In part 3 of my series on the Sensory Oral Sequential (SOS) Approach to Feeding, we are going to explore some mealtime myths.
Eating is a challenging sensory skill that a child must master as part of normal development. Over time, several myths have emerged about how, when, and why a child should eat. Our acceptance of these myths causes us to place pressure on children to eat, which causes the child to feel anxious about eating, which then causes the body to produce adrenaline and adrenaline suppresses the child’s appetite. It’s a vicious cycle. The SOS Approach to Feeding debunks these myths and teaches that believing in these myths can do more harm than good to a child’s feeding development. Let’s take a closer look at 10 mealtime myths and why they are a myth.
Myth #1 – Eating is the body’s top priority.
Not exactly. Breathing is the body’s top priority. Postural stability (i.e. not falling on your head!) is priority #2. Eating is priority #3. Eating requires the ability to safely shut off our airways for a brief second while we swallow. If a child cannot manage shutting of his or her airway or if a child cannot manage to swallow a food safely, that child will not eat because that child wants to keep breathing.
Myth #2 – Eating is instinctive.
This is partially true. Eating is an instinct but only for the first little bit of life. From birth to around 3 or 4 months old, our primitive motor reflexes (rooting, sucking, swallowing) help us create pathways in our brains that lay down the motor patterns necessary for eating. After about 6 months of life, eating is a learned motor behavior.
Myth #3 – Eating is easy.
Eating is actually quite complex. Eating involves every single sensory system – taste, smell touch, sight, hearing. The task of eating requires most of your organ systems – digestive, nervous, endocrine, muscular, respiratory – and eating requires that they each be functioning properly.
Myth #4 – Eating is a 2-step process. Step 1: you sit down. Step 2: you eat.
Not at all. There are many steps to eating. The SOS Approach to Feeding has identified that there are 25 steps to eating for typically developing children and that children with feeding difficulties may have 32 or more steps in the process of learning to eat.
Myth #5 – It is not appropriate to touch or play with your food.
No, no, no! It is completely appropriate to touch or play with your food. This is how you learn about the food that is in front of you. Playing with and touching food is part of the process of learning to eat.
Myth #6 – If a child is hungry enough, he/she will eat.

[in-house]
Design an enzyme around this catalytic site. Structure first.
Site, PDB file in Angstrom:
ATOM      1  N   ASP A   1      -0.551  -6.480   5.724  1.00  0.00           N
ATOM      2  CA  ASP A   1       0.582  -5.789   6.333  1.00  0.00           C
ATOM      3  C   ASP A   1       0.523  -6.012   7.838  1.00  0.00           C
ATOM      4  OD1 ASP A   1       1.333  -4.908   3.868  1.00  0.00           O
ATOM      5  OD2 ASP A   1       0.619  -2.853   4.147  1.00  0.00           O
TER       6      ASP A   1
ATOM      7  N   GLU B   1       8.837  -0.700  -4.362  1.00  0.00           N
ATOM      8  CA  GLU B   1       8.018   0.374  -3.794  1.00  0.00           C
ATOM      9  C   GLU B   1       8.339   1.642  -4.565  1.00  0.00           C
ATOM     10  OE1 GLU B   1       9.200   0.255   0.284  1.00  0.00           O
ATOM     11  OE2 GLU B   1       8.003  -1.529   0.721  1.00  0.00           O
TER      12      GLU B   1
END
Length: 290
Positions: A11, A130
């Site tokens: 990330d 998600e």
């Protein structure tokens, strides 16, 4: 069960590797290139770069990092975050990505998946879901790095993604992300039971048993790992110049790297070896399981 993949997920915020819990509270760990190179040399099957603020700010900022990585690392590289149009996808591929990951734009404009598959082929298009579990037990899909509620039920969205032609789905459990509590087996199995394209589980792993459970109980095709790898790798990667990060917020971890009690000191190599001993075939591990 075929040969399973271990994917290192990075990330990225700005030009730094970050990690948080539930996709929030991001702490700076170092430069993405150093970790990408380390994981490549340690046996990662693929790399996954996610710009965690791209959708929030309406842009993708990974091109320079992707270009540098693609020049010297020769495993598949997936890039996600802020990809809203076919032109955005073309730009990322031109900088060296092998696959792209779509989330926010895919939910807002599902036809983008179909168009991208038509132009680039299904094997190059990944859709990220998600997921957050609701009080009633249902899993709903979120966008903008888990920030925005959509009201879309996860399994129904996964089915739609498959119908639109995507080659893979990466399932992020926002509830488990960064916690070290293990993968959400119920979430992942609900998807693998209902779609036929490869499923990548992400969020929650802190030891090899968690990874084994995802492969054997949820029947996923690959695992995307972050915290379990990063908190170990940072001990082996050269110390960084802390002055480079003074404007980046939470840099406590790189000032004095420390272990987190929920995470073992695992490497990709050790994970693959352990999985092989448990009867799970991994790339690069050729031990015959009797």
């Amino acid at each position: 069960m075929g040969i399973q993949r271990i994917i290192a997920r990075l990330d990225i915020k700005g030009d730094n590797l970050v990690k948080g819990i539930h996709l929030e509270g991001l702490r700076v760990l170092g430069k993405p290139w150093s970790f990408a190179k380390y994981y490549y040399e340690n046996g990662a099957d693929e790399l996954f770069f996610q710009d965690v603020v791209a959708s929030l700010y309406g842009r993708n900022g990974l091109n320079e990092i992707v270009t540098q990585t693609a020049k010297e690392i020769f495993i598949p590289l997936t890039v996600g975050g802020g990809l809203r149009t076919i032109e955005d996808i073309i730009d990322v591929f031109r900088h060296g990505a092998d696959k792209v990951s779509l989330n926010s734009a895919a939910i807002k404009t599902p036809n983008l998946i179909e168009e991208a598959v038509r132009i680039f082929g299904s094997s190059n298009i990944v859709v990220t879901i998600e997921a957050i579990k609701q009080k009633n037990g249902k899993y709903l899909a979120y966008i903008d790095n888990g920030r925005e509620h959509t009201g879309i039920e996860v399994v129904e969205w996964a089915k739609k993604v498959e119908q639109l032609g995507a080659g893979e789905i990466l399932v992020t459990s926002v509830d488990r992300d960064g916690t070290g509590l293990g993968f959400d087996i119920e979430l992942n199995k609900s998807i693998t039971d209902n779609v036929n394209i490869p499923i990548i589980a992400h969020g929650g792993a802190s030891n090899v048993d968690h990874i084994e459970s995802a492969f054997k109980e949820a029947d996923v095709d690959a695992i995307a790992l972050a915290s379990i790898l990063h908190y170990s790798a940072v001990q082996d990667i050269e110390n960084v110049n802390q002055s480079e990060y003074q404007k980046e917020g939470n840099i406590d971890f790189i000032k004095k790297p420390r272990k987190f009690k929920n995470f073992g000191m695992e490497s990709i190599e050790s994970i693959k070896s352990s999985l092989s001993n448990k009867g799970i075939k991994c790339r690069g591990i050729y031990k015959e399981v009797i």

Sort of. This is true for most of pediatric population. For children with feeding difficulties, they will not eat if they are hungry enough and they will starve themselves. For these children, eating hurts or it doesn’t work so they are protecting themselves. It’s pretty simple for these kids – if it hurts, don’t do it; if it doesn’t work, get away from it.
Myth #7 – Children only need to eat 3 times per day.
Not at all. Kids are growing so they have significant nutrition needs. With 3 meals per day, they would need 3 adult sized meals to meet their nutrition requirements. They’re stomachs aren’t meant to hold adult sized meals. Children truly need to eat 5 to 6 times per day to meet their nutrition needs.
Myth #8 – If a child won’t eat, it’s either a behavioral or organic problem.
It’s not an either or situation. It’s both. Organic feeding disorders are the result of an organic disease or disorder such as a structural abnormality (esophageal narrowing), a metabolic dysfunction (urea cycle disorder), or a gastrointestinal disease (gastroesophageal reflux disease). Feeding issues can also start as a behavioral problem such as refusing to sit down at the table, throwing food, or vomiting to get out of a meal. If your child’s lack of eating starts as a behavioral problem, then improper nutrition will cause organic issues. If the lack of eating starts as an organic problem, the lack of enough food will cause behavioral problems.
Myth #9 – Certain foods are to only be eaten at certain times of the day and only certain foods are good for you.
Food is just food. Food is not a breakfast food or a lunch food. Food is not good or bad. Labeling foods snack foods or dinner foods is not helpful when teaching children to eat. If you eat broccoli and turkey for breakfast, that’s completely fine because you are still getting the food that your body needs. If you eat toast and scrambled eggs for dinner, that’s also fine because you are still getting the food that your body needs. Labeling foods as good or bad foods also isn’t helpful when working with a problem feeder. There are definitely some foods that are better for you because they have a better nutritional profile. However, all foods contain calories and sometimes, when working with a problem feeder, it’s just about getting some calories into the child.
Myth #10 – Mealtimes are social occasions and children are to mind their manners.
Manners are great! And important. However, they should not come at the expense of a child getting the nutrition that he or she needs. Mealtimes are excellent teaching opportunities and a child learning to eat is going to get a little messy. Talk about the food. Explore the food with you child. Model how to eat. Manners will come but let’s learn to eat first. Let’s also note that I’m NOT saying to let your little one be a complete wild thing when out at a restaurant. You can still be well behaved while getting a little messy and exploring food. Then maybe at home, we allow ourselves to get a little messier and play with our food a little more.
What questions do you have about the SOS Approach to Feeding or about pediatric feeding therapy? Feel free to comment below or reach out!